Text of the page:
U.S. authorities also signal problems with the “competitiveness” of the current seed procurement process.  This seems odd given El Salvador’s history with these programs.  Before the Funes administration, Ministry of Agriculture officials confirm that just three producers fulfilled the government’s purchase orders with 70% being awarded to the largest contractor, in this case, “Cristiani Burkard Seeds.”  This company made the bid from their international affiliate “Pioneer”, a subsidiary of Monsanto, and negotiated a price at more than twice the amount currently given to domestic producers today, ($350 dollars per quintal versus $124 offered currently by local producers) according to Ministry officials.


EcoViva and the Mangrove Association meet with representatives from the cooperatives who provide the government with 90% of their seed stock.

Today, 16 distinct producers directly provide over 90% of the government’s certified corn seed stock, at a price nearly $10 dollars cheaper than if the government purchased them from the open commodity market.  Three of these domestic businesses also participated in seed procurement processes prior to 2009, and continue to offer quality product at the cheapest price to the government.  Through the current seed procurement process, El Salvador’s small scale farmers receive certified seed from a larger, more diverse array of producers than had been contracted previously.

By and large, these 16 producers (plus two non-domestic producers for a total of 18 producers countrywide) are agricultural cooperatives that represent hundreds of limited-resource families.  These producers have worked with agronomists at the Ministry of Agriculture to produce the 88,000 quintales of certified corn specifically desired by the Ministry of Agriculture, and Salvadoran farmers nationwide for its adaptability, nutritional characteristics, and timely process (“fresh” seeds are ideal for higher corn yields).

It’s true that these local cooperatives aren’t equipped with the administrative capacity, lawyers or certified accountants required to access conventional contracting processes.  Among 5 of these 18 producers relied on EcoViva’s partner at the Mangrove Association to assist with the administration and oversight, as well as the technical assistance to train cooperatives to produce certified seed in line with government requirements.  Gearing government procurement procedures to small and medium enterprises, with accompanying technical assistance, conforms to WTO standards and also abides by recent reforms of Article 38 of El Salvador’s LACAP contracting procedures.  Again, USTR did not comment when these reforms were passed in 2012 to provide categorical inclusion of small and medium enterprises in El Salvador’s contracting processes, even when actors like Salvadoran Chamber of Commerce (ANEP) publically criticized the reform.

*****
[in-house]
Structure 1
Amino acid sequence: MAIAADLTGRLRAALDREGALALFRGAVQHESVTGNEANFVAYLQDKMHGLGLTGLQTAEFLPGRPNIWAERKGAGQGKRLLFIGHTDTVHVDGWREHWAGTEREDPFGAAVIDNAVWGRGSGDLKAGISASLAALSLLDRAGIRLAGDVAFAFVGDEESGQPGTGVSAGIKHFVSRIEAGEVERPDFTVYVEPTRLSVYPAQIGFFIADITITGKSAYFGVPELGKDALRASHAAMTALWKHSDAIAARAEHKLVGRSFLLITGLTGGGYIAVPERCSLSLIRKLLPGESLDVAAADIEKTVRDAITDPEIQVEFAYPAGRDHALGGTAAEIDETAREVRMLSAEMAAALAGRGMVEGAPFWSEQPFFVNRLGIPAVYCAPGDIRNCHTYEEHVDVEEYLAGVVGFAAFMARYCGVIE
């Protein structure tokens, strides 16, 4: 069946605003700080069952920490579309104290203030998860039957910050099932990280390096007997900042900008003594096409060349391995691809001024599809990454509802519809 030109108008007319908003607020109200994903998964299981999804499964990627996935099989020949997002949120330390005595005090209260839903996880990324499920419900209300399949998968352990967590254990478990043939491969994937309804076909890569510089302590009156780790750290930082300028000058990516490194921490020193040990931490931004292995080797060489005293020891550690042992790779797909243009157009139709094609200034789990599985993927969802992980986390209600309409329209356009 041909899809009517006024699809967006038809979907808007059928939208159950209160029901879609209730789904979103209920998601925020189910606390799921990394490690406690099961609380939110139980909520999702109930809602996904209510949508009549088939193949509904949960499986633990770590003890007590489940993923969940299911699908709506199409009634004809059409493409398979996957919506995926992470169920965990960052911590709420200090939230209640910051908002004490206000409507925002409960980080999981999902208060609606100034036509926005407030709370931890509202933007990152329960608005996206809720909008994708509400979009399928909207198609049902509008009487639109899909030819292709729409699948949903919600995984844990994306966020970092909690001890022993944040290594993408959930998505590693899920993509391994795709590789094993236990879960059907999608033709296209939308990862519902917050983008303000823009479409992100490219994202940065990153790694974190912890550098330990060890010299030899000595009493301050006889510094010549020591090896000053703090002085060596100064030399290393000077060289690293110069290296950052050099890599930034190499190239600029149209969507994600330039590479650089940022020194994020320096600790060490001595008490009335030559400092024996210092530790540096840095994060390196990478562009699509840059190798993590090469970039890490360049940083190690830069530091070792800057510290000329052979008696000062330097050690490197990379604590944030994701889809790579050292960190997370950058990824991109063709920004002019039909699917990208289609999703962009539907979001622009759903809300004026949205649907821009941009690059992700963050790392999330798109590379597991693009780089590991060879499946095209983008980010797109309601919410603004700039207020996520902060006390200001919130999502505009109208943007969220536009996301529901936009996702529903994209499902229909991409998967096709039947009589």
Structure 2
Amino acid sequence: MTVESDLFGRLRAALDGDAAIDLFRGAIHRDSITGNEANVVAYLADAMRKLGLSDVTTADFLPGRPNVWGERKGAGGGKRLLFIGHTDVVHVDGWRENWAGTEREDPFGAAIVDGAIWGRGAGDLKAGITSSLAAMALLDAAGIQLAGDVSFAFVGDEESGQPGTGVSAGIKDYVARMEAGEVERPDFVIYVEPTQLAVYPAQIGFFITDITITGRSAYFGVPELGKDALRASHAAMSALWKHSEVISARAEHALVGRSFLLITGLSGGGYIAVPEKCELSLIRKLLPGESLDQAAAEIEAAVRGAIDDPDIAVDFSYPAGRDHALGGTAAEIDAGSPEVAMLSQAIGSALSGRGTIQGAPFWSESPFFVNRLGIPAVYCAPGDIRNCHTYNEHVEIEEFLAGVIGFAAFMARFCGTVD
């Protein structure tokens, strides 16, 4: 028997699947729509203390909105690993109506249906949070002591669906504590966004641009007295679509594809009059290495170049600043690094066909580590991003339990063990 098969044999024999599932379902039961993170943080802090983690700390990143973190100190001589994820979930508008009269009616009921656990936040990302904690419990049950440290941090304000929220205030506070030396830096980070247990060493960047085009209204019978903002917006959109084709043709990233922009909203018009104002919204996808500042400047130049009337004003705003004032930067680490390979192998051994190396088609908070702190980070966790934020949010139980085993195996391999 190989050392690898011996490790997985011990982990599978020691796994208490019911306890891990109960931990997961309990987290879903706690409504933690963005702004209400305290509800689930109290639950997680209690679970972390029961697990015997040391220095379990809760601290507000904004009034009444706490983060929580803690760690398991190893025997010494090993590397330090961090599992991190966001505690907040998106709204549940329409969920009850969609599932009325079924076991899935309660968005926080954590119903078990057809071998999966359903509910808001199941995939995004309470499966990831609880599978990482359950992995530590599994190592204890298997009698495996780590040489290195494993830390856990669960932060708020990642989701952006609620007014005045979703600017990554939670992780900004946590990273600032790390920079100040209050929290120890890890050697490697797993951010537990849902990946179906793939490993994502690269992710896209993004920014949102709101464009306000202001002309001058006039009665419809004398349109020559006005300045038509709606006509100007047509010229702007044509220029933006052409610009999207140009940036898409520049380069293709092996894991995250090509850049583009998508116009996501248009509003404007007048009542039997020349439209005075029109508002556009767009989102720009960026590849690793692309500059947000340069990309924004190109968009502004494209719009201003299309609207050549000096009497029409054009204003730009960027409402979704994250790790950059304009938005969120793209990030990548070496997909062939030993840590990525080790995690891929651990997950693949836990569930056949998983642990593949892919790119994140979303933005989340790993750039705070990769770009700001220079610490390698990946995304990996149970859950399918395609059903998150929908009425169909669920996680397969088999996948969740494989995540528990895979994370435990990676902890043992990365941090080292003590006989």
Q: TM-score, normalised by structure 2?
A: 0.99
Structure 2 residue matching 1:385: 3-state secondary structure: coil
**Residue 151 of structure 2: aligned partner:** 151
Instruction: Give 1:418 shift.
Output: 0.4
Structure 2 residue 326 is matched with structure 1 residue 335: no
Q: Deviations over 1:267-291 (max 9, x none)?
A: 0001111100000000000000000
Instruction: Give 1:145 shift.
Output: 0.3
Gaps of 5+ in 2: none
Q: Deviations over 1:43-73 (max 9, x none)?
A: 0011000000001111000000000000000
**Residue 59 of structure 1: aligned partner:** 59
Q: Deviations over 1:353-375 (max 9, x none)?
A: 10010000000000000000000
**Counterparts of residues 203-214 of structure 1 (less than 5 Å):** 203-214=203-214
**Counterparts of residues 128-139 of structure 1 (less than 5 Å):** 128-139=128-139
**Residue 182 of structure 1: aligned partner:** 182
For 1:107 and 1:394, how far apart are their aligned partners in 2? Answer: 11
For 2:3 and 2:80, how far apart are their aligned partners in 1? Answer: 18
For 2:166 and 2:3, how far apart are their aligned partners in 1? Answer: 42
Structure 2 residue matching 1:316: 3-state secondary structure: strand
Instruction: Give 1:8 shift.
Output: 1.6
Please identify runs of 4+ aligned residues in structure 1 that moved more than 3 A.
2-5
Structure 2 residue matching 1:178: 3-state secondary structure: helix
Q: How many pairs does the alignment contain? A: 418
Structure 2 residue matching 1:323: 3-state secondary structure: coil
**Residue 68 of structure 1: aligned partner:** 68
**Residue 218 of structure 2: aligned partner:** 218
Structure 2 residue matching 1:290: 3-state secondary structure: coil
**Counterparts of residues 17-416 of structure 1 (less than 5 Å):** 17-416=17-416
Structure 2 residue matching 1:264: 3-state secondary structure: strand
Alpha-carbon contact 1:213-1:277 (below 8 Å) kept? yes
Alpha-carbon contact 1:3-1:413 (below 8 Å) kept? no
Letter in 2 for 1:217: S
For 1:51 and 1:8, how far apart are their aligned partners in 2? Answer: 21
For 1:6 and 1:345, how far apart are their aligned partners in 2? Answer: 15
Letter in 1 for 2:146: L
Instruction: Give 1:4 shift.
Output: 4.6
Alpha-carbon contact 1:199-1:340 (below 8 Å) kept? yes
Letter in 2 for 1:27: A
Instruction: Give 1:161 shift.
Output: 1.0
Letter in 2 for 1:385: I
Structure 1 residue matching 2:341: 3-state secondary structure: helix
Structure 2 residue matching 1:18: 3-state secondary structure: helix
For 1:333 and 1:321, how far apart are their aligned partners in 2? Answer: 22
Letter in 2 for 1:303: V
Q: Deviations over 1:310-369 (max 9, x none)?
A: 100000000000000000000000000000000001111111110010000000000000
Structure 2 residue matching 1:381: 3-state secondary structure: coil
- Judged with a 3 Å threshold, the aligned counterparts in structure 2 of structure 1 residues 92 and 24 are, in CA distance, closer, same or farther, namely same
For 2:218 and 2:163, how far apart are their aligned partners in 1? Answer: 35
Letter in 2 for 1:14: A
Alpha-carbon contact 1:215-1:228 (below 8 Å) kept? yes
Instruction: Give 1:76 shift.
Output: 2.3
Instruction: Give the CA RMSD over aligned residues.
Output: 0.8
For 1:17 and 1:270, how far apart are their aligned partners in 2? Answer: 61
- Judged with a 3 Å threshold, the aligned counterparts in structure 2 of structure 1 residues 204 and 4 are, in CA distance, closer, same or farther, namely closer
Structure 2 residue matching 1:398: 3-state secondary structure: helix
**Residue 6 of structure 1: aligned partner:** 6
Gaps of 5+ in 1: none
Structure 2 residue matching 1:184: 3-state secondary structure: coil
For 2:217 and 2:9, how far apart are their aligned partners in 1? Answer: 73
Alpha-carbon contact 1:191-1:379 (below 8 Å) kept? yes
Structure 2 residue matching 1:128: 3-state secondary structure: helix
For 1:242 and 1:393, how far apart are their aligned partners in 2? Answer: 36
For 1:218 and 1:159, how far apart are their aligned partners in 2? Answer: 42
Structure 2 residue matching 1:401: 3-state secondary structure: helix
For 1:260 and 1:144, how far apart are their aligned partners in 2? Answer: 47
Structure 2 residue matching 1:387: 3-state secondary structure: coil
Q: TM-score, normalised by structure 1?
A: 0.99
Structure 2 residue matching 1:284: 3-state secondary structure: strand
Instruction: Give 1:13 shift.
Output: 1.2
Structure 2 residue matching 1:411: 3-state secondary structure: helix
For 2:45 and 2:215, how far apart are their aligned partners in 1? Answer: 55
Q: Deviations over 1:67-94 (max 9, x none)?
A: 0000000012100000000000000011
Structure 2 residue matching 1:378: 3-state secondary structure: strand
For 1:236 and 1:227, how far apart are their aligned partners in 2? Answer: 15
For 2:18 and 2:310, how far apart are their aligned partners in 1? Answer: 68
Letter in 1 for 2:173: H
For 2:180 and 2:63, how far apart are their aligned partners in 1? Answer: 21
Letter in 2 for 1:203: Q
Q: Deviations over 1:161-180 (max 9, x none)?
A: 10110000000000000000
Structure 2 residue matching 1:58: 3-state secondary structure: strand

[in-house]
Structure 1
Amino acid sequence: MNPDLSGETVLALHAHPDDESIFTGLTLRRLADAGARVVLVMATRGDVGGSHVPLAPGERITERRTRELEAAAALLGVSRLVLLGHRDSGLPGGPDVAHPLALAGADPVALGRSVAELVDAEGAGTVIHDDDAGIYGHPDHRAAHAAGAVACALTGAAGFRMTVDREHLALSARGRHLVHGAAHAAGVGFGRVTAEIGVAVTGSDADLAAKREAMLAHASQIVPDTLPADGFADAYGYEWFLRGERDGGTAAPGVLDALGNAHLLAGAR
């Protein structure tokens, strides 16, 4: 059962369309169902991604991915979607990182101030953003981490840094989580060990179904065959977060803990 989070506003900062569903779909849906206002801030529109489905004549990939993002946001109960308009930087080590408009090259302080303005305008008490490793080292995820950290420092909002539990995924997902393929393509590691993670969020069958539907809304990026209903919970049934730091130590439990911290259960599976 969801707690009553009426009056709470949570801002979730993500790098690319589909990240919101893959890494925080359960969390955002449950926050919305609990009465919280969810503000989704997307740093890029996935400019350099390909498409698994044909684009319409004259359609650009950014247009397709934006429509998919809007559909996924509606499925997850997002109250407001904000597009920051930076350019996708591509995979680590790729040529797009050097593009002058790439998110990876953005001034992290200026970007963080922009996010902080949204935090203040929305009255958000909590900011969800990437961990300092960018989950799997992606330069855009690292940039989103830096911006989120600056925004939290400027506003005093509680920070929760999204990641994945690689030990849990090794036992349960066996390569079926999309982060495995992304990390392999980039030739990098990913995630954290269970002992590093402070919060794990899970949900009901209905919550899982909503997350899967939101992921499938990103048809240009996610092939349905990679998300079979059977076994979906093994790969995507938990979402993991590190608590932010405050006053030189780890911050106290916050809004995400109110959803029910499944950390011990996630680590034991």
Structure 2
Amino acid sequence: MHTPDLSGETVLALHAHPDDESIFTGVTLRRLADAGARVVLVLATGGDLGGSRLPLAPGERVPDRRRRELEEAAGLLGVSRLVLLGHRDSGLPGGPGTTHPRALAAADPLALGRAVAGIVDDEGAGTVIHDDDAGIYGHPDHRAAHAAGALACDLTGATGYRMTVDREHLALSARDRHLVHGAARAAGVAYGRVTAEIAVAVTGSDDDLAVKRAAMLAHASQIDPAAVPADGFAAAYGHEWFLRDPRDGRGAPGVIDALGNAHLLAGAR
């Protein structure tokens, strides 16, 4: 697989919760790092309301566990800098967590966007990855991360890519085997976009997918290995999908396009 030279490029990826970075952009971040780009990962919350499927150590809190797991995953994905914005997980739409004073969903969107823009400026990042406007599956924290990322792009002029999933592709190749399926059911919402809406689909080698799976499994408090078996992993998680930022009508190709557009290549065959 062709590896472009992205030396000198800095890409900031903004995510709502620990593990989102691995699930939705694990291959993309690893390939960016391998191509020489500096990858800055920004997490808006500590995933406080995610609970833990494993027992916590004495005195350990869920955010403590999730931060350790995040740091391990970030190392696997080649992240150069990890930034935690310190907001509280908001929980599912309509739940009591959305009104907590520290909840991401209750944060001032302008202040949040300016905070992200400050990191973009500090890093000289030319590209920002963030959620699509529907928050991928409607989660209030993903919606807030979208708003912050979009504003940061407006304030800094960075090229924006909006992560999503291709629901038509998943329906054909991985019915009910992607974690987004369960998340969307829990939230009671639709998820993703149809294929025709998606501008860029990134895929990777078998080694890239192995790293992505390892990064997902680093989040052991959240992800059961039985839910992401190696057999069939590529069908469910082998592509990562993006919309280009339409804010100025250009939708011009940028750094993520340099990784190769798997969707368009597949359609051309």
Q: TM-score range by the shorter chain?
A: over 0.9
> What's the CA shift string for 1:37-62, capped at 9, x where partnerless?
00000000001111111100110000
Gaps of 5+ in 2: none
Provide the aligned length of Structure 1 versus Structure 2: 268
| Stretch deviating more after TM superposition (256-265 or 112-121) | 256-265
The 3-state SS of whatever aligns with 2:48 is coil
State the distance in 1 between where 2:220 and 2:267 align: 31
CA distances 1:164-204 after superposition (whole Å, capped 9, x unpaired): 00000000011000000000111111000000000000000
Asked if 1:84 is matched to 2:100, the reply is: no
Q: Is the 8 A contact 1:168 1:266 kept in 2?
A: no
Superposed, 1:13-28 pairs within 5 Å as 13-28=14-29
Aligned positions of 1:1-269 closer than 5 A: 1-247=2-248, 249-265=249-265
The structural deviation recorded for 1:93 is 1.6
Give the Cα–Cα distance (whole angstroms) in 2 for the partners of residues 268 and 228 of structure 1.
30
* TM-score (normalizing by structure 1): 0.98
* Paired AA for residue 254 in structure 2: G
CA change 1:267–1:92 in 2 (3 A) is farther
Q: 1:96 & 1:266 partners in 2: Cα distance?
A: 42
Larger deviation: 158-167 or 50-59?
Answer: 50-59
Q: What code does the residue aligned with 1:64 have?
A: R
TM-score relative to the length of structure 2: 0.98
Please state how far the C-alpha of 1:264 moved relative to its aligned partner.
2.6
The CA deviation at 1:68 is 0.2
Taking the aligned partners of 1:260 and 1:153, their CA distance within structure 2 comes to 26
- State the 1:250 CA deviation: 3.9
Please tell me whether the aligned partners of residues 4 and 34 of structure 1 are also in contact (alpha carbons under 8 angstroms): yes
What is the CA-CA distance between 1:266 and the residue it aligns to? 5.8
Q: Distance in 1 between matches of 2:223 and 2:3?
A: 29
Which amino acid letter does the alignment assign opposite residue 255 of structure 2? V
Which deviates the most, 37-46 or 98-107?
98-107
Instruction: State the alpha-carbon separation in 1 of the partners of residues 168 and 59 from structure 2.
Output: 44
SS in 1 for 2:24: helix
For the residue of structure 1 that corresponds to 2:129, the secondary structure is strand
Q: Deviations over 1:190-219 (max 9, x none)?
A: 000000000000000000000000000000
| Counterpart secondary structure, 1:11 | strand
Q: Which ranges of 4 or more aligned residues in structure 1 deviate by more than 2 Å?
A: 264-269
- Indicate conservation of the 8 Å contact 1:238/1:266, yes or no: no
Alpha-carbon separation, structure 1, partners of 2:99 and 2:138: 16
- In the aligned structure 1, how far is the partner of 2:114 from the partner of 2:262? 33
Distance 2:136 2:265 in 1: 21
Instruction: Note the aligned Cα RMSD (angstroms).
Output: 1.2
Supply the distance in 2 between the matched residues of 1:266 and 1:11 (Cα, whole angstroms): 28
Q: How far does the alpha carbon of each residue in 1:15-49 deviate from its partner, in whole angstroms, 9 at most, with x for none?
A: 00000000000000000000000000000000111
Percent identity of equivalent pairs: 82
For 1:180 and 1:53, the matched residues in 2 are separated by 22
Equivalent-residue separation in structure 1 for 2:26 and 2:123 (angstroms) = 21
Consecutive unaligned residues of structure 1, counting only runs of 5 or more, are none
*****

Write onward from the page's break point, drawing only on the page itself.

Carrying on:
In many respects, the current seed procurement law is actually more competitive than El Salvador’s previous contracting process, and certainly cheaper for the government.  These 16 growers are currently negotiating as a sector with the Ministry of Agriculture to offer corn seed already in the ground for the next growing cycle, are producing on credit that relies on these future contracts as collateral.  Likewise, the specific variety of corn seed, H59—developed by growers in El Salvador over the last 17 years–is resistant to blight, provides enhanced nutritional value and characteristics that Salvadorans enjoy in the ubiquitous tortilla, and offers efficient yields given the limited capacity of small-scale producers in El Salvador to purchase expensive additives that other seeds require.

5 Comments leave one →
  1. Adriana Murguia permalink
    June 8, 2014 2:22 pm

    The politics of MCC is very fascinating for me as I working with a Community Agroecology Network (CAN) in which we work on food sovereignty initiatives in Mexico and Nicaragua. The cooperatives we worked with have been challenged by the infiltration of GM seeds through government programs procampo and hambre cero

    I wanted to ask what are the (soil fertility) or the agroecological conditions for the seed saving producers, of which have been so successful?